A small helicopter built at Jet Propulsion Laboratory in Pasadena is now sitting on the surface of Mars, and it just survived its first freezing Martian night unsheltered by the Perseverance rover that carried it to the Red Planet, mission managers said Monday.

And if all goes according to plan, the Ingenuity helicopter could make its historic first flight as early as Sunday.

The helicopter hitched a ride to Mars aboard the Perseverance rover that landed on Mars Feb. 18. It had been tucked away on the rover’s belly, but in an elaborate process over the past couple of weeks, Ingenuity was slowly rotated into position beneath the rover, then lowered onto the planet’s surface and un-tethered from Perseverance.

The rover then backed slowly away from the helicopter, leaving it fully exposed on the planet’s surface for the first time. That left the 4-pound craft alone to brave the Martian elements, most notably the minus-130-degree overnight temperatures, which could have frozen and damaged electrical components and batteries.

“This is the first time that Ingenuity has been on its own on the surface of Mars,” said MiMi Aung, Ingenuity project manager at JPL. “But we now have confirmation that we have the right insulation, the right heaters and enough energy in its battery to survive the cold night, which is a big win for the team. We’re excited to continue to prepare Ingenuity for its first flight test.”

Ingenuity’s flight is one of the most eagerly anticipated aspects of the Perseverance rover mission, even though it is strictly a demonstration project with no scientific instruments to conduct any actual research.

But if successful, Ingenuity will be the first helicopter to fly on another world, setting the stage for a potentially vast expansion of scientists’ ability to explore the surface of Mars, complementing the relatively slow-moving rovers on the planet’s surface.

Ingenuity is now standing on its four legs in the midst of a 33-foot-by-33-foot “airfield” chosen by mission managers for its lack of obstacles and clear landing area.

Over the next two Martian days — which last 24.6 hours — the craft will gather information about the performance of its power systems and temperature-control measures. On Wednesday, restraints that are holding the helicopters rotors together will be released, followed by several days of testing them and the motors that turn them.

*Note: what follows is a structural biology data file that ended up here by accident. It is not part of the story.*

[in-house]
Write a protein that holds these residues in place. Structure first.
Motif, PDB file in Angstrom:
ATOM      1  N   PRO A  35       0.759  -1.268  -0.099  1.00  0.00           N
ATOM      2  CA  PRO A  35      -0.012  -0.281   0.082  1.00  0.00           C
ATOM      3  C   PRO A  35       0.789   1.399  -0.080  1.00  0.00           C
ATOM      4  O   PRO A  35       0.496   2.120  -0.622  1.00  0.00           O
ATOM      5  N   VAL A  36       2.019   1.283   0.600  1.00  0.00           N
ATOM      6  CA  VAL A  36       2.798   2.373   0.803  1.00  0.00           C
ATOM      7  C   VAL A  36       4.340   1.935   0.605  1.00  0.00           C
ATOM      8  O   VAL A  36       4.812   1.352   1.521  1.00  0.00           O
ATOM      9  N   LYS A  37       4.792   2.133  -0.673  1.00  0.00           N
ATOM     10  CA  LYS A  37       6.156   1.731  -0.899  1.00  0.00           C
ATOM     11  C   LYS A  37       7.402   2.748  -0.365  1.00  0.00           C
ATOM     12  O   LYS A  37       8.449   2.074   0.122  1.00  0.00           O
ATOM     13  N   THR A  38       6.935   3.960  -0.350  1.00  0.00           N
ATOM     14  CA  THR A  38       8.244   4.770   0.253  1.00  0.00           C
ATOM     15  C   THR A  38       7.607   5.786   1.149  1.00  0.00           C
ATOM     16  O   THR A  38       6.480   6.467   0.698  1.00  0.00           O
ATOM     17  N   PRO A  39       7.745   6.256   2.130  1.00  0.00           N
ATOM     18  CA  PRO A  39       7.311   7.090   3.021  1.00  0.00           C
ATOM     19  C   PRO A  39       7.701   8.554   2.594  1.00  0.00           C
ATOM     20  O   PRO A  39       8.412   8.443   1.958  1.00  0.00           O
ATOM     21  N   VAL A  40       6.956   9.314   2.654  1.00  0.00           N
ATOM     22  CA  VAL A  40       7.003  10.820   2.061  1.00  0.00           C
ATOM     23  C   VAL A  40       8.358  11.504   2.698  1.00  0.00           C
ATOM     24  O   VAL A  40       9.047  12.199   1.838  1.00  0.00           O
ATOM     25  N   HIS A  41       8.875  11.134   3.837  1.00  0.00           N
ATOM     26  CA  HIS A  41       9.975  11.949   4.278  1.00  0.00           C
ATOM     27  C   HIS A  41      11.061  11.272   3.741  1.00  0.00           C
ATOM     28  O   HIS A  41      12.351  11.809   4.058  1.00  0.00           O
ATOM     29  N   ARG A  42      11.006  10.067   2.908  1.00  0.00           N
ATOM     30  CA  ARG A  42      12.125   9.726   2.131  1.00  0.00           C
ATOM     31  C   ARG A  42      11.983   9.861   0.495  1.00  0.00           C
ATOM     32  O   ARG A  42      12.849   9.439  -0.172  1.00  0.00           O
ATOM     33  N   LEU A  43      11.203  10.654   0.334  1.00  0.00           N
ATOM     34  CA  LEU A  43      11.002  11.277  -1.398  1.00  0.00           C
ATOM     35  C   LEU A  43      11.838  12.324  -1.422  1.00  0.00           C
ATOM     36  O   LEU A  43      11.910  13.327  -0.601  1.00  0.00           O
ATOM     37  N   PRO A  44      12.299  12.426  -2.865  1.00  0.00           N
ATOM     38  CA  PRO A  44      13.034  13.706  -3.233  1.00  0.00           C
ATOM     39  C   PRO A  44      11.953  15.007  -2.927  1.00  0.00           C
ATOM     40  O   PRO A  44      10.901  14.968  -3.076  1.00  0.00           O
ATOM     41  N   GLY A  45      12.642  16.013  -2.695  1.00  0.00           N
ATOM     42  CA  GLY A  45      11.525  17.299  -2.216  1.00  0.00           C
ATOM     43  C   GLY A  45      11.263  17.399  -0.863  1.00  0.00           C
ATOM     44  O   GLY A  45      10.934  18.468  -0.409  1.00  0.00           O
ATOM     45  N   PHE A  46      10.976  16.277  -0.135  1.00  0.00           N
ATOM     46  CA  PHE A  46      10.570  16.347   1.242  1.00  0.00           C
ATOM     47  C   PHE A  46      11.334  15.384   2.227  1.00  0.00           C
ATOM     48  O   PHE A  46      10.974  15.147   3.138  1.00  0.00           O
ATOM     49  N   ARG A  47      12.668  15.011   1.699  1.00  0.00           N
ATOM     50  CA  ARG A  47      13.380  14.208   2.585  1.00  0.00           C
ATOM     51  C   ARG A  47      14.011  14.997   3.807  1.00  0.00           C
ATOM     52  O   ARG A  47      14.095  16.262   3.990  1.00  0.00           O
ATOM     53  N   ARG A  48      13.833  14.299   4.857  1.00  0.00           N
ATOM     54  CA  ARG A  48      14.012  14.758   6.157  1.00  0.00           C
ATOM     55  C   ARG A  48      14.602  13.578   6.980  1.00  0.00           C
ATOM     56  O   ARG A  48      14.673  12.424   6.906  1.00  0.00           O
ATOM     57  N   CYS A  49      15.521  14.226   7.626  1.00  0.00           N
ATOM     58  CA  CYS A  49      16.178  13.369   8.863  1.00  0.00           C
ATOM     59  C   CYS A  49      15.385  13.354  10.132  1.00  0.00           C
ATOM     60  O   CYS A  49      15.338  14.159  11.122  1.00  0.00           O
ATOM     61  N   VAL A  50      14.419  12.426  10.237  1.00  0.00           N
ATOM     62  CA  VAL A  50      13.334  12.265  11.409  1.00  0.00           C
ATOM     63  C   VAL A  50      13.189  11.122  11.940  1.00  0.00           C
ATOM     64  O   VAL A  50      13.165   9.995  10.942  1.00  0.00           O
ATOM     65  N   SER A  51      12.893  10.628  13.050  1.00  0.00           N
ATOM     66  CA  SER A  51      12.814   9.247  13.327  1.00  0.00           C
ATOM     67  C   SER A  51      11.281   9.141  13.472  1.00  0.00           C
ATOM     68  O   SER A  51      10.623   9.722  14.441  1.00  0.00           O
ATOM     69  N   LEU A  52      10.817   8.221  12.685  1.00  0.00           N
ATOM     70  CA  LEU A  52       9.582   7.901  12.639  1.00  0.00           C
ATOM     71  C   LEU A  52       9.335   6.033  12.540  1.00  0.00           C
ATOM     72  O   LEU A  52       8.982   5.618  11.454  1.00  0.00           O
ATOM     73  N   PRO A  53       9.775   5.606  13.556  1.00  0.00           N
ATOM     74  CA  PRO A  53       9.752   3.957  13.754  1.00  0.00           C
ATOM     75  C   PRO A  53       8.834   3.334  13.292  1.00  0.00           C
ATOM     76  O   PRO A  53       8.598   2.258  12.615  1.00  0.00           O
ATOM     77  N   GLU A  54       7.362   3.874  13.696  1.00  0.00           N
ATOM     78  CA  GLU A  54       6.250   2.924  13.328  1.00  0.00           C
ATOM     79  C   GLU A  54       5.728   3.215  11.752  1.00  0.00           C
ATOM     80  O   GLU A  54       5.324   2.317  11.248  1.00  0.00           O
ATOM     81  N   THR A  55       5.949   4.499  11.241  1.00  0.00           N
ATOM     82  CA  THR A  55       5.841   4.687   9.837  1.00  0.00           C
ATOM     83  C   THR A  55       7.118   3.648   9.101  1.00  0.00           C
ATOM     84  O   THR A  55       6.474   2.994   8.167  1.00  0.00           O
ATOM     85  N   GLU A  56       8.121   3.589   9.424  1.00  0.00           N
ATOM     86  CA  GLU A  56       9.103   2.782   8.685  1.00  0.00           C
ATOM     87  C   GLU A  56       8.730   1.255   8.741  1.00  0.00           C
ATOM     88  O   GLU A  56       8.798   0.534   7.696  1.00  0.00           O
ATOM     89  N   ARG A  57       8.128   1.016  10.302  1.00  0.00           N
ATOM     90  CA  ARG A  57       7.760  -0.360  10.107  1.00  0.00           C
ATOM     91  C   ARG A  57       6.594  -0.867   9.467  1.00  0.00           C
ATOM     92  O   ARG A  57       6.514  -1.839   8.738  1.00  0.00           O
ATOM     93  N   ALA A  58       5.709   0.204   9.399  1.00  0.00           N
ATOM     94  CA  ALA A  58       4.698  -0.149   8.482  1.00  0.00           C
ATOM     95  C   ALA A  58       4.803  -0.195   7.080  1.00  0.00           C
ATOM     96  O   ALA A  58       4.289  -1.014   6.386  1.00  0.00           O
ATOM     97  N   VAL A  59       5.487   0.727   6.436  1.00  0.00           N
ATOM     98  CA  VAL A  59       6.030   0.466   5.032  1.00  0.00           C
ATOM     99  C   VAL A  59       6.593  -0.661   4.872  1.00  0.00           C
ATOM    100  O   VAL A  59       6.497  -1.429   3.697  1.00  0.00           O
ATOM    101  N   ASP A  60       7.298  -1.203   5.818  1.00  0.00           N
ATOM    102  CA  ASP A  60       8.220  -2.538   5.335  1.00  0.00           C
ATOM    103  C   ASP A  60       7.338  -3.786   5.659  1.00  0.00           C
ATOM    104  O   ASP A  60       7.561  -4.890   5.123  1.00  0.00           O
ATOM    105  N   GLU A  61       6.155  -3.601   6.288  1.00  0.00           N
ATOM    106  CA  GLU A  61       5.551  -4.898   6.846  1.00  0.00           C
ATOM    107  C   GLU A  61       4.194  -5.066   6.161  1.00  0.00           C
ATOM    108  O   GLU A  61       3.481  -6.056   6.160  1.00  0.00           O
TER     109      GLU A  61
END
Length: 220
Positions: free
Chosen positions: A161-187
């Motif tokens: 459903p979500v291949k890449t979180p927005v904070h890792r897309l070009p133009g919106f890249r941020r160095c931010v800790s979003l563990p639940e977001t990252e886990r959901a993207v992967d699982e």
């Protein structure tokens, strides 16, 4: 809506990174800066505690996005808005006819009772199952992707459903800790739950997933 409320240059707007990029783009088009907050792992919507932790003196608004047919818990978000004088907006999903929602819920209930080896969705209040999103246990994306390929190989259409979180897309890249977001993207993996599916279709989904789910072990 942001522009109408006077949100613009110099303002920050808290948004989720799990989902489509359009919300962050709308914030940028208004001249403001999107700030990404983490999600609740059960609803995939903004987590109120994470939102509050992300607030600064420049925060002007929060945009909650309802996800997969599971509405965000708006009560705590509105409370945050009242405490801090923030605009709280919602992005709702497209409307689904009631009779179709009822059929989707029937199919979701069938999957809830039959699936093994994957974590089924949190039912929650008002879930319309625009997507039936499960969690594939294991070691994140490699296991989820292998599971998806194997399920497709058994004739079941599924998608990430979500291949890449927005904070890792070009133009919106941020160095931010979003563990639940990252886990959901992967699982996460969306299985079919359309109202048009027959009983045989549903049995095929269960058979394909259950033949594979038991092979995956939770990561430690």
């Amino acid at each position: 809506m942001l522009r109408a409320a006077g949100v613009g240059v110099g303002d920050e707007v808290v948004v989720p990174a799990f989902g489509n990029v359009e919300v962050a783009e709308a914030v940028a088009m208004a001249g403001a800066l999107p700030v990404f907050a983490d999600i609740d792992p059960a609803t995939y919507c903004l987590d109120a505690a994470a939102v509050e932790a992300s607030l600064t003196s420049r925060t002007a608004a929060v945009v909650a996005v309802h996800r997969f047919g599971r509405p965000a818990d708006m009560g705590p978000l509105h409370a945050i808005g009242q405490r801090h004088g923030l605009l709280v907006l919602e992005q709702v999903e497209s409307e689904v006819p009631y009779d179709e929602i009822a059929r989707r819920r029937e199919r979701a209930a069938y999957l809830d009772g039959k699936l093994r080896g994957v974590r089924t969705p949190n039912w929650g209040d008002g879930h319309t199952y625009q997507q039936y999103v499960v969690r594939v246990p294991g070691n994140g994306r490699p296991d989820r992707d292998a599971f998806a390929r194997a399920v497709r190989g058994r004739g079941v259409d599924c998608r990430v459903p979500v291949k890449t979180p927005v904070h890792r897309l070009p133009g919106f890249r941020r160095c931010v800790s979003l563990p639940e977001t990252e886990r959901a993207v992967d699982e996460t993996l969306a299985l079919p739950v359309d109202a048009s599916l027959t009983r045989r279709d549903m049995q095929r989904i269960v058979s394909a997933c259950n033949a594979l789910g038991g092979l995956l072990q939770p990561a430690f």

On-board computers that control the helicopters flight autonomously will also be tested, and the solar-powered batteries will be monitored.

The pre-check process will include a powering up of the rotors, spinning them at their full speed of 2,537 rpm.

Once everything checks out mechanically, weather conditions on the planet’s surface will dictate the exact timing of the helicopter’s first liftoff, but JPL officials said that barring any technical issues, they hope to make the historic first flight as early as Sunday night.

The first flight will be brief, with no planned forward movement. The helicopter is expected to make a roughly three-second climb to an altitude of 10 feet, where it will hover for 30 seconds before lowering back to the planet’s surface — with the Perseverance rover’s cameras watching closely.

When images from those cameras are received back at JPL, along with basic data collected by the helicopter, mission managers will be able to gauge the success of the test, and will then determine how to proceed with additional flights.

Flying on another planet is vastly different than flying on Earth, with mission managers noting that gravity on Mars is about one-third of Earth’s, while the atmosphere on the surface is about 1% as dense as that on Earth.

Ingenuity, while making its historic flight, will be carrying a bit of Earth history with it. Wrapped on a cable beneath the helicopter’s solar panel is a small swatch of fabric that covered the wings of the plane that made the first-ever flight on Earth — Orville and Wilbur Wright’s “Flyer” — which pioneered air travel in 1903.

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